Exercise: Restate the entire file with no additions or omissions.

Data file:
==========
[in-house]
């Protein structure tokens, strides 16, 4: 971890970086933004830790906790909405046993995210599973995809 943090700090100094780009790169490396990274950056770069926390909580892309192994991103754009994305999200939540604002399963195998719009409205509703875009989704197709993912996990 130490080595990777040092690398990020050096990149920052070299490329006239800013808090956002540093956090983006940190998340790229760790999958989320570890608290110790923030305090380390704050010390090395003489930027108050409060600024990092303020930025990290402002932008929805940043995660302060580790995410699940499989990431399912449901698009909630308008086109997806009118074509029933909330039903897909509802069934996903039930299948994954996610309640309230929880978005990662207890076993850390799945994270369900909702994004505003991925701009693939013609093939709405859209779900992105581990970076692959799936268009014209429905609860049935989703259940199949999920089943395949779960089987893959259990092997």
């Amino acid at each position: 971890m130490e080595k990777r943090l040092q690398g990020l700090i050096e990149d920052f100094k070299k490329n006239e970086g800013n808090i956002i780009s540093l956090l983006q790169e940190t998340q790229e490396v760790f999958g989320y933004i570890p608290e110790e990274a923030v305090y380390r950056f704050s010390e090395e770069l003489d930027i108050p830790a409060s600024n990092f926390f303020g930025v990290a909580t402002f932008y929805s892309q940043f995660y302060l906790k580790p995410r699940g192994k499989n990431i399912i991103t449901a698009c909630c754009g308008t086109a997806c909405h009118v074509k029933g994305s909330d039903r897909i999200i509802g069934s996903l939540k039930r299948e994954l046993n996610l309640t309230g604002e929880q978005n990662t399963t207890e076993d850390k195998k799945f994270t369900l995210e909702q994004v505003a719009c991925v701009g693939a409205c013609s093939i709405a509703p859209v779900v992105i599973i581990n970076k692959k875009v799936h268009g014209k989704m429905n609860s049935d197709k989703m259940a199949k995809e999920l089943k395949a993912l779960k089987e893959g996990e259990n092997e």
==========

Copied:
[in-house]
């Protein structure tokens, strides 16, 4: 971890970086933004830790906790909405046993995210599973995809 943090700090100094780009790169490396990274950056770069926390909580892309192994991103754009994305999200939540604002399963195998719009409205509703875009989704197709993912996990 130490080595990777040092690398990020050096990149920052070299490329006239800013808090956002540093956090983006940190998340790229760790999958989320570890608290110790923030305090380390704050010390090395003489930027108050409060600024990092303020930025990290402002932008929805940043995660302060580790995410699940499989990431399912449901698009909630308008086109997806009118074509029933909330039903897909509802069934996903039930299948994954996610309640309230929880978005990662207890076993850390799945994270369900909702994004505003991925701009693939013609093939709405859209779900992105581990970076692959799936268009014209429905609860049935989703259940199949999920089943395949779960089987893959259990092997």
């Amino acid at each position: 971890m130490e080595k990777r943090l040092q690398g990020l700090i050096e990149d920052f100094k070299k490329n006239e970086g800013n808090i956002i780009s540093l956090l983006q790169e940190t998340q790229e490396v760790f999958g989320y933004i570890p608290e110790e990274a923030v305090y380390r950056f704050s010390e090395e770069l003489d930027i108050p830790a409060s600024n990092f926390f303020g930025v990290a909580t402002f932008y929805s892309q940043f995660y302060l906790k580790p995410r699940g192994k499989n990431i399912i991103t449901a698009c909630c754009g308008t086109a997806c909405h009118v074509k029933g994305s909330d039903r897909i999200i509802g069934s996903l939540k039930r299948e994954l046993n996610l309640t309230g604002e929880q978005n990662t399963t207890e076993d850390k195998k799945f994270t369900l995210e909702q994004v505003a719009c991925v701009g693939a409205c013609s093939i709405a509703p859209v779900v992105i599973i581990n970076k692959k875009v799936h268009g014209k989704m429905n609860s049935d197709k989703m259940a199949k995809e999920l089943k395949a993912l779960k089987e893959g996990e259990n092997e």